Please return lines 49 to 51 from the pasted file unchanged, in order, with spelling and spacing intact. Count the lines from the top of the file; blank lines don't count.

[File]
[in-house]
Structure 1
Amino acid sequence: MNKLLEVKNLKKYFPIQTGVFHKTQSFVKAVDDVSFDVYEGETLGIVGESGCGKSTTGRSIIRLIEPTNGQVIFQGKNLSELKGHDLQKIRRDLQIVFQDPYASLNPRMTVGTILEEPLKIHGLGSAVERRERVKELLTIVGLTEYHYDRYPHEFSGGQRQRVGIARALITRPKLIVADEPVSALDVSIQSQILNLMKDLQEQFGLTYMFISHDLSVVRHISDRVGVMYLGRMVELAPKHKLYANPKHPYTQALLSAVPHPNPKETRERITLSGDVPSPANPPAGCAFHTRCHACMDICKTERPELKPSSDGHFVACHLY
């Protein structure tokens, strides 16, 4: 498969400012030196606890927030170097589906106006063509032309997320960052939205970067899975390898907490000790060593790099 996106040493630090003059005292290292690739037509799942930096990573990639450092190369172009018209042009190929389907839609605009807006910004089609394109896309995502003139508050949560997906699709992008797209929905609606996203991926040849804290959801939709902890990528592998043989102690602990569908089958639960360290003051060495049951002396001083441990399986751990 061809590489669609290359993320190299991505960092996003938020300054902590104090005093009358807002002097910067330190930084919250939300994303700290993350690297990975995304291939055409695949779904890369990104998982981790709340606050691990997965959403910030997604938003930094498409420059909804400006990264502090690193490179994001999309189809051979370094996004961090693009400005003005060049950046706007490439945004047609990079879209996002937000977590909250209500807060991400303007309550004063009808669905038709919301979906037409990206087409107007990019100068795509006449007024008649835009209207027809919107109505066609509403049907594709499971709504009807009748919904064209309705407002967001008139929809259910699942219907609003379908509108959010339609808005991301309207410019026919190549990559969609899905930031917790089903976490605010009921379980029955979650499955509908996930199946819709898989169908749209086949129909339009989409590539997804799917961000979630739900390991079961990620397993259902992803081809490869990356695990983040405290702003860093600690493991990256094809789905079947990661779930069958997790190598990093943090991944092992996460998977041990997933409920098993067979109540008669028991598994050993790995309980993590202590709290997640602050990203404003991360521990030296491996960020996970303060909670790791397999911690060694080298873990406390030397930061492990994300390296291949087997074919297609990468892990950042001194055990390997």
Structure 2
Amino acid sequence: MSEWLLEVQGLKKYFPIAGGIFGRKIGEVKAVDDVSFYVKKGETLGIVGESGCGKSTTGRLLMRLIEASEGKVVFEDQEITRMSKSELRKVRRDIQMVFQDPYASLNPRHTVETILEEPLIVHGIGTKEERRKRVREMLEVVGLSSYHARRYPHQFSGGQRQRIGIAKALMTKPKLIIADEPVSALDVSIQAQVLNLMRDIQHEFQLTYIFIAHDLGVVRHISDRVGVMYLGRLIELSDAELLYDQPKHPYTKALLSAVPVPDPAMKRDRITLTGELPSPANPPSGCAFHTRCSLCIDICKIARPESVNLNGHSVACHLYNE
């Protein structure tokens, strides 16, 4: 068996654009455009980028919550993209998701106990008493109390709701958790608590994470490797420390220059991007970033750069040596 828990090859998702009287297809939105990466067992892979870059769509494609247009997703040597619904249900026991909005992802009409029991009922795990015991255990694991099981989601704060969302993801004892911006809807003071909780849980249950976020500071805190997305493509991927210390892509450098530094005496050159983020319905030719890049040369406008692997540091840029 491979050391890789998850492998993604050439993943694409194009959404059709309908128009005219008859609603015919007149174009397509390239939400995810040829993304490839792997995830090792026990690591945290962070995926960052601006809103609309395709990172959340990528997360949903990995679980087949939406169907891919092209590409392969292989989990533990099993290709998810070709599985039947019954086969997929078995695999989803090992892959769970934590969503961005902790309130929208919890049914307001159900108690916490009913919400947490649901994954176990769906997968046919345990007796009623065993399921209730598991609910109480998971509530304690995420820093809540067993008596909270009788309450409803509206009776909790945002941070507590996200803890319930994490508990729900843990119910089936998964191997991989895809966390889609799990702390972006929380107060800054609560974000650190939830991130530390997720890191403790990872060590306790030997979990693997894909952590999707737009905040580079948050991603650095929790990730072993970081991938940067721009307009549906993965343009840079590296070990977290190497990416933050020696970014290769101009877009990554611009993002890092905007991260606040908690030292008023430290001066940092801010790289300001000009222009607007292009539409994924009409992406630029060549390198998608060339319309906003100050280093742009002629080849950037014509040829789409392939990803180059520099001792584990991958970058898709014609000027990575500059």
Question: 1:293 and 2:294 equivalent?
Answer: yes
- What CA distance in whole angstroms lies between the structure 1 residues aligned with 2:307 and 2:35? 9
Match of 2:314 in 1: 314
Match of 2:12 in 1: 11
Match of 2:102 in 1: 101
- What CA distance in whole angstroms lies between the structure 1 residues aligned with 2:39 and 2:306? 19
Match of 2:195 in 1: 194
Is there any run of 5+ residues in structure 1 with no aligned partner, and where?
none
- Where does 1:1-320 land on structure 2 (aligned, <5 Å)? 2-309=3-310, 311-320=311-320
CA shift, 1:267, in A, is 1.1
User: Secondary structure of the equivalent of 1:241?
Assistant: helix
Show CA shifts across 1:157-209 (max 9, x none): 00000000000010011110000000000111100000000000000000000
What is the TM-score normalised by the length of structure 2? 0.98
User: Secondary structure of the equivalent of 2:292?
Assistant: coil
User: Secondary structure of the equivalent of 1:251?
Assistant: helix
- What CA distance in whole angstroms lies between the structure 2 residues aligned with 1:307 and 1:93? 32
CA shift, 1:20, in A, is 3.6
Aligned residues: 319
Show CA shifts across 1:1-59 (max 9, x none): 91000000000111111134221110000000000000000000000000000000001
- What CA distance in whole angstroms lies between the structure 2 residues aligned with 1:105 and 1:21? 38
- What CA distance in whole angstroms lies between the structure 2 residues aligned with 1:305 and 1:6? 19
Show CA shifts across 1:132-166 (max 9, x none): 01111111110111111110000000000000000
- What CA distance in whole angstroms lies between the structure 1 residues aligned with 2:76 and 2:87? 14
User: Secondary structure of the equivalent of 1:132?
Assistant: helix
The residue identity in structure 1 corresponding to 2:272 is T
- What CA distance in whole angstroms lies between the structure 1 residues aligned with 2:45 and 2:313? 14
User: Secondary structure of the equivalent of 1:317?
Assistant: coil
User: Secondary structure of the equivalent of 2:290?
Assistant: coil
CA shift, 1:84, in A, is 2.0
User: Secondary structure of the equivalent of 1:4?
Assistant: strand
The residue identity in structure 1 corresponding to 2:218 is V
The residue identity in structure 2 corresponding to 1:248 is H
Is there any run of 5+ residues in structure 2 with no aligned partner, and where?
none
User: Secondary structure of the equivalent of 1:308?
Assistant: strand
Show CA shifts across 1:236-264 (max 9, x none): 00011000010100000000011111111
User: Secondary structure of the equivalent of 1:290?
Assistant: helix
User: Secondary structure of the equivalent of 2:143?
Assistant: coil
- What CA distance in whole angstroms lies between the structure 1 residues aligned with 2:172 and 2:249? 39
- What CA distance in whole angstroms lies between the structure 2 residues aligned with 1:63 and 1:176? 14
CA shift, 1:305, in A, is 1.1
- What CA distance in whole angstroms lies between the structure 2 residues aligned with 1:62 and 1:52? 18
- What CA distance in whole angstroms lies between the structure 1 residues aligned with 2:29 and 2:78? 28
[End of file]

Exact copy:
Is there any run of 5+ residues in structure 2 with no aligned partner, and where?
none
User: Secondary structure of the equivalent of 1:308?